As I sit down to write my annual list of resolutions for contractors, I am amazed at how much things changed in 2020. Construction was going well and then, in March 2020, COVID-19 hit. At first, we thought it was going to be a disaster for the construction industry. States, cities and towns shut down projects and many applied for PPP loans. Then, something amazing happened. Construction was considered an essential service and everyone was back to work.  That said, the work world changed: companies were donating their PPE to frontline workers, COVID-19 protocols had to be followed and paperwork had to be filed. Everyone was scrambling to figure out how to comply and keep their businesses going. So, you may or may not ask, what was I, as a construction lawyer doing? I spent March and April thinking about the new risks contractors/construction companies were facing and developing contract clauses to protect the industry. I wrote a number of blog posts with clauses to add to your contra

Green Building-Does it Have to Cost More?

Van Millwork has been running a series of seminars in construction, and the two I attended were excellent. The second, on sustainability, was quite educational. I learned a great deal about options in lighting and how they are constantly increasing, solar heating systems and doors made from recycled materials.

The most surprising part of the presentation, however was the overall message. I had thought, up until now, that going green was always a more expensive proposition. Those who chose to do it were usually willing to pay more in order to make less of a negative impact on the environment.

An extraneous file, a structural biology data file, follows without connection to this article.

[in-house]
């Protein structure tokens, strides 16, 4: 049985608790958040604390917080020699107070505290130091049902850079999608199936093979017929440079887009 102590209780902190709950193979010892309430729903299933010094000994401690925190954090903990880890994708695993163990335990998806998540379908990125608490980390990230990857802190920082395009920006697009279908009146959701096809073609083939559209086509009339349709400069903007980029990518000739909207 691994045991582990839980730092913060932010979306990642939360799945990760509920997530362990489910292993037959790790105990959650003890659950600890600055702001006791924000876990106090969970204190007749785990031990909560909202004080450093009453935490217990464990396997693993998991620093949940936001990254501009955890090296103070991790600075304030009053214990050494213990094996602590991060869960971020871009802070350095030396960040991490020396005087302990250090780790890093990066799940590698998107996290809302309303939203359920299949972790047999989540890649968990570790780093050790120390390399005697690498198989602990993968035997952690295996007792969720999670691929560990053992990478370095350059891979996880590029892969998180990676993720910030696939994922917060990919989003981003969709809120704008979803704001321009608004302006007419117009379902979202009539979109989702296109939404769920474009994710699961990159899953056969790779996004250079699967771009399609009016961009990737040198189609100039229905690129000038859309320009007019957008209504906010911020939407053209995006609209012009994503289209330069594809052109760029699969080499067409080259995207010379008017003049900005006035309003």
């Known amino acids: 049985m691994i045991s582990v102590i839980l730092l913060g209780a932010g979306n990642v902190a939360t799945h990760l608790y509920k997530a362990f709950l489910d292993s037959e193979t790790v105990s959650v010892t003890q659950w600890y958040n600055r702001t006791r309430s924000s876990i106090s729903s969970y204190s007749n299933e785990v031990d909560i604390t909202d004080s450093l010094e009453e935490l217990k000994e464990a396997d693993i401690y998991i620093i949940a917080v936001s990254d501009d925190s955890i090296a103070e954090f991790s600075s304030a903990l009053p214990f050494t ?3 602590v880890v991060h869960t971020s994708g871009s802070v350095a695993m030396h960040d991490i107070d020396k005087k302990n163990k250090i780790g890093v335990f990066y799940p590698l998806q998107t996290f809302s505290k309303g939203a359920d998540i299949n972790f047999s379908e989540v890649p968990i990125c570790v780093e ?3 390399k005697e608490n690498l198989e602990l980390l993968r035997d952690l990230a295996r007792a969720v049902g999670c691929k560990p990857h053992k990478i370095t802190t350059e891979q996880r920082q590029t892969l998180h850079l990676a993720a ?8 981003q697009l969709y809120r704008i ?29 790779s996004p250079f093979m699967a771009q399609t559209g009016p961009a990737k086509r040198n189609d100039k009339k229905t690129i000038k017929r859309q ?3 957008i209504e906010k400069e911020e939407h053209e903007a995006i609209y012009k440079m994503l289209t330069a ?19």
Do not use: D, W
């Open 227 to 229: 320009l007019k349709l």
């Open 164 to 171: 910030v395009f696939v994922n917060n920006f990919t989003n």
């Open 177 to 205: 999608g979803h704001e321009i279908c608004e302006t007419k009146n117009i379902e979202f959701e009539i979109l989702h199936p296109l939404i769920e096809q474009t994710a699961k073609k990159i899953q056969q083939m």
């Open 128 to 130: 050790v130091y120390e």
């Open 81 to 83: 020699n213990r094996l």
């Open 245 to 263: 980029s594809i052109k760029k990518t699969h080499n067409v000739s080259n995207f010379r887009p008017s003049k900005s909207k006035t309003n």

The presenters stated that with careful planning, however, green remodeling or new construction does not necessarily have to cost more. With government rebates and reduced operating costs, one could institute greener options and not increase costs.

They stressed that the most important aspect of green building is to develop a unified approach. They strongly recommended having a design team that works together to create the green building plan. This might include the contractor, insulation folks, solar heating expert, lighting designer, etc. The importance of creating an integrated plan cannot be stressed enough.

It's one thing to make the decision to introduce some green elements to your construction project by introducing energy efficient windows, appliances, fixtures etc. It's quite another to set out from the outset to create a green structure.

So, as a builder, first decide your goal. Then, familiarize yourself with all of the green options out there and affiliate with experts in geothermal heating, solar, lighting, products and appliances. If necessary, get an expert involved who knows what it takes to acquire LEED certification. Make sure everyone is on the same page and understands the impact of different choices. Familiarize yourself with government rebates, tax benefits and operating costs. Consider using software that models the various inputs involved. Then, go green and reap the benefits!

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